Business sales requires that a sales professional builds and cultivates relationships. That position plays the role of relationship manager. All other relationships pivot on the relationship that the sales professional generates. For those who have sold for years, you know all of this. Much of this post is for our younger sales professionals.
As relationship manager, it is obvious that each relationship will be different, and will vary in depth. That is the way relationships work in business and in personal life. We all believe that we evaluate our relationships carefully, yet that evaluation comes with our own judgmental biases and perspectives.
The comfort of a relationship can lead us to speak and act in ways that are too casual. I am speaking of the usage of slang and colloquial terms and phrases in your business relationships, as well as on the job in your own workplace.
If you are a Black sales professional, it is most likely that your customer and you coworkers come from a totally different background than you. Life experiences build perceptions (Remember the 3Ps, Perceptions, Preference, Prejudice and Your Customer – Black Sales Journal 12/27) which one carries until they are ready to give them up. The danger of slang in a business relationship is that you do know when a word or phrase validates a perception that a buyer might have.
This does not mean that you cannot say all slang, yet slang that is culturally significant when you are still in the relationship building stage could be unacceptable. I will admit to my guilt in using culturally biased slang with some customers. Usually it was long, well developed relationships where I exercised that ‘privilege’. The length of some of those relationships was decades, and I was well familiar with their views, and the customer with mine. I was lucky, and still probably should have been a little more antiseptic.
Is This a Big Issue?
I don’t think this is a big issue, yet for some of our emerging talent, it should be heard. Forming relationships is hard work. You need consistency and some personal protocol.
We all have a way of feeling comfort. It can be a review of your relationship with a customer, or having the strength of a relationship confirmed by a new large order. If you are wrong in your level of comfort you might seem crass, or you might spark something that chips away at a relationship.
Culturally biased slang includes language that in the Black community would not necessarily be offensive, yet we are not often selling to the Black community. Even when we are, we want to have a solid idea of who our customer is, and what our boundaries are. I suggest that it is easier to be in a business mode, and not take the risks unless you are certain of your customer and your relationship.
Your Work Environment
The work environment is a territory that you will know better than your customer. Even in this territory, you should recognize the limitations that you should impose on yourself. The workplace should always be considered “foreign” territory. A familiar place for doing what you do to earn money, and make a career, yet a place that quite often has a set of rules that you have become comfortable with, even if your coworkers are barely comfortable with you.
None of this is bad at all. Being at work is earning a living. I had the fortune of working at a place that accepted my cultural differences and allowed me to grow. All places don’t offer that haven, so your judgment is important here.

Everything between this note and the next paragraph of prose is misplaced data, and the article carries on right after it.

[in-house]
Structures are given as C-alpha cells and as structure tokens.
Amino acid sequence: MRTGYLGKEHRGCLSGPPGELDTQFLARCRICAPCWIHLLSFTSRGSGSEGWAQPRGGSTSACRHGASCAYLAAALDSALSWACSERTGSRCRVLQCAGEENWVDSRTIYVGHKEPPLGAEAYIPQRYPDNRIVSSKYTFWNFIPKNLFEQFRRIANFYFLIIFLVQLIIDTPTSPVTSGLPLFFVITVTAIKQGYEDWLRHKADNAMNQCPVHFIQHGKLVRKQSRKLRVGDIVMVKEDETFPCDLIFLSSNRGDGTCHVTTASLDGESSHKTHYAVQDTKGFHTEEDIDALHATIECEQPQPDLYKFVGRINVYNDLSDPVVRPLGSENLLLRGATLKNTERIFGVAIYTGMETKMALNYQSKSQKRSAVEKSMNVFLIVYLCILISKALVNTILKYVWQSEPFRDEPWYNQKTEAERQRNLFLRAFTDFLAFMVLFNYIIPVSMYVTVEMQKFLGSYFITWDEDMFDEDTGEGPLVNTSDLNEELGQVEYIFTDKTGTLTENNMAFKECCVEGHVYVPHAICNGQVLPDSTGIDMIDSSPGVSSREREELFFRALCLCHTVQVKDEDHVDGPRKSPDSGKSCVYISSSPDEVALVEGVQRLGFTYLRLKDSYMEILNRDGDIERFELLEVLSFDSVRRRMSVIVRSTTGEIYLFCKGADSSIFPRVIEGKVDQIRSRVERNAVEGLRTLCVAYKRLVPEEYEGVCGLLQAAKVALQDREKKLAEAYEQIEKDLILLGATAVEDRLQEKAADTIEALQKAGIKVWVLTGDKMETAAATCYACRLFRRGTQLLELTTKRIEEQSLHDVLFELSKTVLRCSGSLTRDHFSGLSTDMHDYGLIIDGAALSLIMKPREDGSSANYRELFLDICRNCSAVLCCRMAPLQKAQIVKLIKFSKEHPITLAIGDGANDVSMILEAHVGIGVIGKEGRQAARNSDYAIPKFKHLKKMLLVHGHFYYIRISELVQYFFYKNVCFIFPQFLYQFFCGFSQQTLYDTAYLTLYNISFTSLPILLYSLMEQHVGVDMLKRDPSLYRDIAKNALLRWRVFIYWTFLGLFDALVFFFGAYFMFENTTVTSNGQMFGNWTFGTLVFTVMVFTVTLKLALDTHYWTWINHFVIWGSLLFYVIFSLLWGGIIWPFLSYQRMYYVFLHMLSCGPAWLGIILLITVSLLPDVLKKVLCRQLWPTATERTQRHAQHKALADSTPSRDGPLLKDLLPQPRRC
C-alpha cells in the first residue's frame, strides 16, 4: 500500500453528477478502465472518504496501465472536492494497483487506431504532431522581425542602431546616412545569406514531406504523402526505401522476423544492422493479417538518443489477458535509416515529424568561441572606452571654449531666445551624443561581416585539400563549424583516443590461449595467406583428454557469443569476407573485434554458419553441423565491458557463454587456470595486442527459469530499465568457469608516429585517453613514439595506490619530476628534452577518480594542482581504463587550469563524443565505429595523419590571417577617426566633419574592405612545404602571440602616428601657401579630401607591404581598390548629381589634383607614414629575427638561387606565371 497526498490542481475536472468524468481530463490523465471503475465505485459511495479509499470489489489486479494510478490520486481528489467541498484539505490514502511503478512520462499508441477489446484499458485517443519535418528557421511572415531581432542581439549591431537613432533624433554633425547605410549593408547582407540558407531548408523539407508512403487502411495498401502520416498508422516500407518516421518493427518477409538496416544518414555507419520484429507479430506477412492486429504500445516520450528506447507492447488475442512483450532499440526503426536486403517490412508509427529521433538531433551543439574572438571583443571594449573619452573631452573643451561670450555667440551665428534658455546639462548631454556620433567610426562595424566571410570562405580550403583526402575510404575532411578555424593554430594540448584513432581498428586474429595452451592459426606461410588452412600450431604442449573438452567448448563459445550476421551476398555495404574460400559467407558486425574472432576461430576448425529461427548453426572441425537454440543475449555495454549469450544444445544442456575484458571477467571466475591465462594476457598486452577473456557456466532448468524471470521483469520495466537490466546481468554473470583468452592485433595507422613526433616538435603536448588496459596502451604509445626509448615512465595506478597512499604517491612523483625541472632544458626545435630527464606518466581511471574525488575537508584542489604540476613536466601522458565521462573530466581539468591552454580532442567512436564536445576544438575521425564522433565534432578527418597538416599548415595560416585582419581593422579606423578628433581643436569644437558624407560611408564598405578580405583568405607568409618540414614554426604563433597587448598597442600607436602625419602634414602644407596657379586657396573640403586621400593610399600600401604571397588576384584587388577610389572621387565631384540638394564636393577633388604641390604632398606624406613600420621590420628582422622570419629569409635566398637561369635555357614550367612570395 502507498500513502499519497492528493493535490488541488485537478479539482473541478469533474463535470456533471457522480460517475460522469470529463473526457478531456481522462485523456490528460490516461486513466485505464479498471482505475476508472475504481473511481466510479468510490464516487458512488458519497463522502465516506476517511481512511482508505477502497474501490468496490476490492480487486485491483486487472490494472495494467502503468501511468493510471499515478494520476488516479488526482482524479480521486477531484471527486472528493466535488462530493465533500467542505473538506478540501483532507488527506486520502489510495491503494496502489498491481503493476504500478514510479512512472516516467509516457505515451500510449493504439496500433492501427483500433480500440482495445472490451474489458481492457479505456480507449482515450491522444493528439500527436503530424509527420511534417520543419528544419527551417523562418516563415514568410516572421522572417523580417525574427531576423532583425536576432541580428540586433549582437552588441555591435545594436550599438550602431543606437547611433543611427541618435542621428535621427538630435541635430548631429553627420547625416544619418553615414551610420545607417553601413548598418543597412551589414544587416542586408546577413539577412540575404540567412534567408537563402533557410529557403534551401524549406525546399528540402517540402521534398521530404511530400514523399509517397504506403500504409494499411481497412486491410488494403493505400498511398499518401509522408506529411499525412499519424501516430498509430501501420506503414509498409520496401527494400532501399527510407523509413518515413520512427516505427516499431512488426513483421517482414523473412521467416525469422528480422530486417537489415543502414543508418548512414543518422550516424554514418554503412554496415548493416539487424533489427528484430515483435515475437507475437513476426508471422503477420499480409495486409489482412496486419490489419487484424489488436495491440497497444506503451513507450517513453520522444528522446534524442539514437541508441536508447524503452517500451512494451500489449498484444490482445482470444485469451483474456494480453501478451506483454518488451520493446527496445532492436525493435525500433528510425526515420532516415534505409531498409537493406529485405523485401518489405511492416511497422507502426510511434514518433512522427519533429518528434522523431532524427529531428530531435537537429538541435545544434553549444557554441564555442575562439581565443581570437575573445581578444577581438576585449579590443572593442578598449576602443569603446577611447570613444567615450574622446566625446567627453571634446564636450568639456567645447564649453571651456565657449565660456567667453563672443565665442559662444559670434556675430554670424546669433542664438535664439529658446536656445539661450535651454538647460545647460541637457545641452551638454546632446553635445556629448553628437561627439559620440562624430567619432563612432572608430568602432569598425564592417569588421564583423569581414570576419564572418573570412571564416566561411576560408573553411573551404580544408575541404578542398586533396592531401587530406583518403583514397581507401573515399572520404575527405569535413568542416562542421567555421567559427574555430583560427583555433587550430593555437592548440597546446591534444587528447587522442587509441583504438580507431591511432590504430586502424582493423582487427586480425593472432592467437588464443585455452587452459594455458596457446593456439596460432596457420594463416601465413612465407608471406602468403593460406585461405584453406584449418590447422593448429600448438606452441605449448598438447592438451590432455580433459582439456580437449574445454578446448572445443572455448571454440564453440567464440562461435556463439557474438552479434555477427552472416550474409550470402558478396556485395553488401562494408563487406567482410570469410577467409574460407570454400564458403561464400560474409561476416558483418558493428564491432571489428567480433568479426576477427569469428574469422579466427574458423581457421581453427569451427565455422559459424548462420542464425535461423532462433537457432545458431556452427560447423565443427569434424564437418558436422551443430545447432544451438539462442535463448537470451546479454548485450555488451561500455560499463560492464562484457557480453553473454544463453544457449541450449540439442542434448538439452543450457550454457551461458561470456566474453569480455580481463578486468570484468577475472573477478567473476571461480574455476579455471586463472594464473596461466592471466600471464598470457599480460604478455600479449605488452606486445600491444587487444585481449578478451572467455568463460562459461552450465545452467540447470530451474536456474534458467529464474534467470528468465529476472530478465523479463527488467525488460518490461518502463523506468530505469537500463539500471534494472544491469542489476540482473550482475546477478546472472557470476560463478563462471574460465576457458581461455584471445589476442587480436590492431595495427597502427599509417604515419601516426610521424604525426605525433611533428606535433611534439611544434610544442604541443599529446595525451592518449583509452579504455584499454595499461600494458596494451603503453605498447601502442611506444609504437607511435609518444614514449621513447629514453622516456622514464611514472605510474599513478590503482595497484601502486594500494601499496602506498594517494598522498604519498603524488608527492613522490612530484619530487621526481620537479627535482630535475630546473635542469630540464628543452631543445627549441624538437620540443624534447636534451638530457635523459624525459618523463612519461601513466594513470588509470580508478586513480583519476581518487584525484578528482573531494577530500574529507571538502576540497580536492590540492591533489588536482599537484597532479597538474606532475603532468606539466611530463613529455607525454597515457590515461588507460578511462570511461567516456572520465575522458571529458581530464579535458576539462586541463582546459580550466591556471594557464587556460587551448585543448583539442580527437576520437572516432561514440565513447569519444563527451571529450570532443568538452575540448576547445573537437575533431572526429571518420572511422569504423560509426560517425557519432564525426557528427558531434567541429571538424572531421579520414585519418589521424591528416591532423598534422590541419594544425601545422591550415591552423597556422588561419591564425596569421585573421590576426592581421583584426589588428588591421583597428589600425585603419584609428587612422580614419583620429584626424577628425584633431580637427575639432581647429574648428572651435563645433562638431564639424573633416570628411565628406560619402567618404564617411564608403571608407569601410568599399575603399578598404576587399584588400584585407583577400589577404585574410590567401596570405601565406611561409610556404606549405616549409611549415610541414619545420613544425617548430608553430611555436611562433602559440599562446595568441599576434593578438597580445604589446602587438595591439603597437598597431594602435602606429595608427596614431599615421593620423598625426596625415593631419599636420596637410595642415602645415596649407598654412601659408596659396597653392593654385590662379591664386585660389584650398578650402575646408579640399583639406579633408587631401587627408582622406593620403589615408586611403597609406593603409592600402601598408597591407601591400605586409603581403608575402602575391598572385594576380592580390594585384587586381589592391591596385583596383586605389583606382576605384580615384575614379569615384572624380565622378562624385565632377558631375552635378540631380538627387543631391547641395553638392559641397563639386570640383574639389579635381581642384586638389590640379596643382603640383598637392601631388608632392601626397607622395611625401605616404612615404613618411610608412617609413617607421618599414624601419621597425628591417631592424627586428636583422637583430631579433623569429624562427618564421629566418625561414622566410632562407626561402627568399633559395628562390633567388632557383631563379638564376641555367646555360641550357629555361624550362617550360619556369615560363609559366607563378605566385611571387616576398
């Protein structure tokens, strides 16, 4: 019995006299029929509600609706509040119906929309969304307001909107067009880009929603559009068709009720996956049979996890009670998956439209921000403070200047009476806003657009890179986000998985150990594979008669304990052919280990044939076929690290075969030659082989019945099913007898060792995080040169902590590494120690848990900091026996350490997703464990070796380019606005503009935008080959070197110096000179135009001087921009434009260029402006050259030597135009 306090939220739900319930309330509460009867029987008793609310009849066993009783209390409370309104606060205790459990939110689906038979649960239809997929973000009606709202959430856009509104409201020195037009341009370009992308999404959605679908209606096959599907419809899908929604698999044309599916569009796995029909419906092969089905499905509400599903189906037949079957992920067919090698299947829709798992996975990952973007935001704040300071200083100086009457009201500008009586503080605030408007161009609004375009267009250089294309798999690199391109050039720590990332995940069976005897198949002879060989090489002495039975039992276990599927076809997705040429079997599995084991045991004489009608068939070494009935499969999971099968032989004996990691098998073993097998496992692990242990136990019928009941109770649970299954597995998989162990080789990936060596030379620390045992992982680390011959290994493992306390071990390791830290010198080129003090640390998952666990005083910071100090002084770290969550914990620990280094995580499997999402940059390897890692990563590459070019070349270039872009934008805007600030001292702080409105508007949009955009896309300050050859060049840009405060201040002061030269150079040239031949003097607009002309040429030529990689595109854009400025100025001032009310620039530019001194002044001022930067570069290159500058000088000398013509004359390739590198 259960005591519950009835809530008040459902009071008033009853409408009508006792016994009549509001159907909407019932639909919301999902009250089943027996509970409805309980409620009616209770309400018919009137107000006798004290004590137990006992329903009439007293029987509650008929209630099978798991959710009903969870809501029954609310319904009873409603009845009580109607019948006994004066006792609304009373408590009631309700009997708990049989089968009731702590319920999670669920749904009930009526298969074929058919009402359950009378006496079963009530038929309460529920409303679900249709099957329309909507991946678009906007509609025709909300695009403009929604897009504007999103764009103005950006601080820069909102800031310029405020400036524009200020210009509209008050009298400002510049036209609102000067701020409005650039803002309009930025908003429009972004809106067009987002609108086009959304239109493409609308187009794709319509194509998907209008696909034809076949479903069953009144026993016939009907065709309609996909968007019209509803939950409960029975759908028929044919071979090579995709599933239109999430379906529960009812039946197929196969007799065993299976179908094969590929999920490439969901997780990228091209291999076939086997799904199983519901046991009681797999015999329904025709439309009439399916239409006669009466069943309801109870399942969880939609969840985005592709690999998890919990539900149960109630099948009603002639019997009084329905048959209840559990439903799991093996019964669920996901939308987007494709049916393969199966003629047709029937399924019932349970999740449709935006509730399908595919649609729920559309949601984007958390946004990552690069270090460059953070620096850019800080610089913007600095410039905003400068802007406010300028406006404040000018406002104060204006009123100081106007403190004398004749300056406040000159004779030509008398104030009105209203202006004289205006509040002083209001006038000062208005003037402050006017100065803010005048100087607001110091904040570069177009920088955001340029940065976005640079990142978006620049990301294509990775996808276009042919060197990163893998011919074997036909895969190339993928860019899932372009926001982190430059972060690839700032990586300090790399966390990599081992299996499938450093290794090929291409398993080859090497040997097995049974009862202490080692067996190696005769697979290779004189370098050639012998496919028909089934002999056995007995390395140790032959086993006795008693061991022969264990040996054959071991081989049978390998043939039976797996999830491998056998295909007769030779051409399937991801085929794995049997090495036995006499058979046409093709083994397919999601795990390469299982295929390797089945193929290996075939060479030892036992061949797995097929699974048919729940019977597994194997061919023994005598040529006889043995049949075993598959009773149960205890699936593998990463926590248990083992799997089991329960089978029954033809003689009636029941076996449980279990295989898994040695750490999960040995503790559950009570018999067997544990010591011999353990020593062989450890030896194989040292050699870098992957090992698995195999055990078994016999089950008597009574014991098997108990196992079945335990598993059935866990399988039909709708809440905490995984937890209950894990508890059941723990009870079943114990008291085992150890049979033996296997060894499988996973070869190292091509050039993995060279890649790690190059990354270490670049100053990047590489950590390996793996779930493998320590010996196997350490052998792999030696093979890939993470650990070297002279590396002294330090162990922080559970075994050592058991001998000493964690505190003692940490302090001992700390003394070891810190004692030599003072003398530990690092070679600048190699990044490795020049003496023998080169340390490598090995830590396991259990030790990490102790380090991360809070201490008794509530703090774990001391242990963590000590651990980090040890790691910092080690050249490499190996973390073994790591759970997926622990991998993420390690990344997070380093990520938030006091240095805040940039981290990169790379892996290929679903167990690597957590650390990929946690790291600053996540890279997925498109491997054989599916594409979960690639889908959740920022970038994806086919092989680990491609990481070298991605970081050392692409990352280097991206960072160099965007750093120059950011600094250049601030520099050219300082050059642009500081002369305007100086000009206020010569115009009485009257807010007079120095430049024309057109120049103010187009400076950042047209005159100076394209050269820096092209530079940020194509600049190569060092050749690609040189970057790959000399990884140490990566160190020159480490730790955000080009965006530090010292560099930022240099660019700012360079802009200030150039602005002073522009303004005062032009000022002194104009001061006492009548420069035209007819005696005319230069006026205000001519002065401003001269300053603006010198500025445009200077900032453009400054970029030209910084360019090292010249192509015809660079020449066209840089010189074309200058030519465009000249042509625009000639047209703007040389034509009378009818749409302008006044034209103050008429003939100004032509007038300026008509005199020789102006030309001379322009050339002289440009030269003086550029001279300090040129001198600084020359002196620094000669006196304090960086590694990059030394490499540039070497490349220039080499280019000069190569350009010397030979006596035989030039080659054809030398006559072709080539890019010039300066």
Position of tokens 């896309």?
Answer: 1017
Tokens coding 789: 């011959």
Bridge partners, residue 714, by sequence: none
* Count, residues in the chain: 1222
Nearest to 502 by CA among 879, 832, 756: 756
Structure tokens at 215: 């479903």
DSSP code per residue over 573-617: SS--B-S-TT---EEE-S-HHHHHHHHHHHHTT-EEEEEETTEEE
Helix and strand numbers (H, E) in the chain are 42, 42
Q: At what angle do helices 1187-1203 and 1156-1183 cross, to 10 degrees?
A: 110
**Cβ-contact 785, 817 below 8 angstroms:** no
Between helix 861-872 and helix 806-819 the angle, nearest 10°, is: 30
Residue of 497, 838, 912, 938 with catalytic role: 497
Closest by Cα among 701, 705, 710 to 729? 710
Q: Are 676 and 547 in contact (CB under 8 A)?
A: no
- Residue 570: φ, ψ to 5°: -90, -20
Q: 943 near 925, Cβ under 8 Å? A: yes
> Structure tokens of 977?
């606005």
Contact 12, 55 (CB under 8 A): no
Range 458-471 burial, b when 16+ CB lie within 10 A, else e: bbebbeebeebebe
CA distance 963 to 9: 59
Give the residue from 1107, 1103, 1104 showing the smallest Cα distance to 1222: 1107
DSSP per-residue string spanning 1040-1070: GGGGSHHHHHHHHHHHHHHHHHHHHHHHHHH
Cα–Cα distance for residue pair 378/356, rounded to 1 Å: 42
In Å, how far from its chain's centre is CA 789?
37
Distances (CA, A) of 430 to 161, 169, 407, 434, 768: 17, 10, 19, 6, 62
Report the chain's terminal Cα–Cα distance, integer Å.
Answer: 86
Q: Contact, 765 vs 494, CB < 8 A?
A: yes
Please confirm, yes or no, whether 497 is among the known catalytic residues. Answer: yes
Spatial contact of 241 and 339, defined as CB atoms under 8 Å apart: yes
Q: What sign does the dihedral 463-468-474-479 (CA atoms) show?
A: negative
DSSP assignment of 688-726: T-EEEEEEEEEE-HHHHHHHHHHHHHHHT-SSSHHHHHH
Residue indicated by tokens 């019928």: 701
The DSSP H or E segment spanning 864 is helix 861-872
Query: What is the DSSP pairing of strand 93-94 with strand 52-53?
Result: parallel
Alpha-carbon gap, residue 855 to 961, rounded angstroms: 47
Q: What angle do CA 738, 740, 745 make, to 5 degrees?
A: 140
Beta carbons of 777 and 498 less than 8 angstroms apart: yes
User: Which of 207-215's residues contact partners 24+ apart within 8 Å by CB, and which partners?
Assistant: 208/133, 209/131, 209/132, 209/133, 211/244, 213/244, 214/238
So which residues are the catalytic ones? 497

I was not the first Black sales professional that worked there, yet I was their first Black sales manager. By the time I worked in that role, there were things that I said that I wish I could have taken back. I learned on the job, and learned the hard way. We all will not work for a solid and forgiving organization.
If you follow the same rules that you should use with customers at your job, you will never lose. It will be easy to remember, and you will not turn anyone off. Remember, taking back things you have uttered is like trying to “put toothpaste back in the tube.”
A Simple Example
Many years ago I was on a sales call with a sales professional who the customer told some difficult news, to which he uttered “That Sucks!” Think about that comment, and apply it to business relationships 12 years ago when it was even more sensitized. The response from the customer was a face that I interpreted as being taken aback.
Now, quite frankly, there were many words that could have been used there, yet the one that came to mind did not sit well with the buyer, who was an older female. When we left the call and were in the parking lot, I coached that this was not an appropriate comment. I believe it was for laughs to a degree as there were several people in the room, yet that only means that there could have been several people offended (I don’t believe there were, yet our buyer appeared to be).
I believe that the sales rep took it to heart and appeared very professional in other calls. I also believe that he apologized to the buyer who quickly stated that it “was fine.” Fact is that it should not have been done.
How About Profanity?
I once had a manager who could use profanity, and no one ever seemed bothered by it. Now, I don’t know if they were, as I was not polling, yet there were never any repercussions. He was well accepted, and had a way about how he did it that desensitized. I never felt I would have been that blessed.
The fact is that Black professionals should be careful about using profanity for more reasons than I could list in this journal. It is easier to keep it clean, and be expressive and emphatic. I believe there is no place for it in our day-to-day public image with the customer or employer.
Remember to always be the consummate professional.
We welcome your comments. Reach me at Michael.Parker@BlackSalesJournal.com.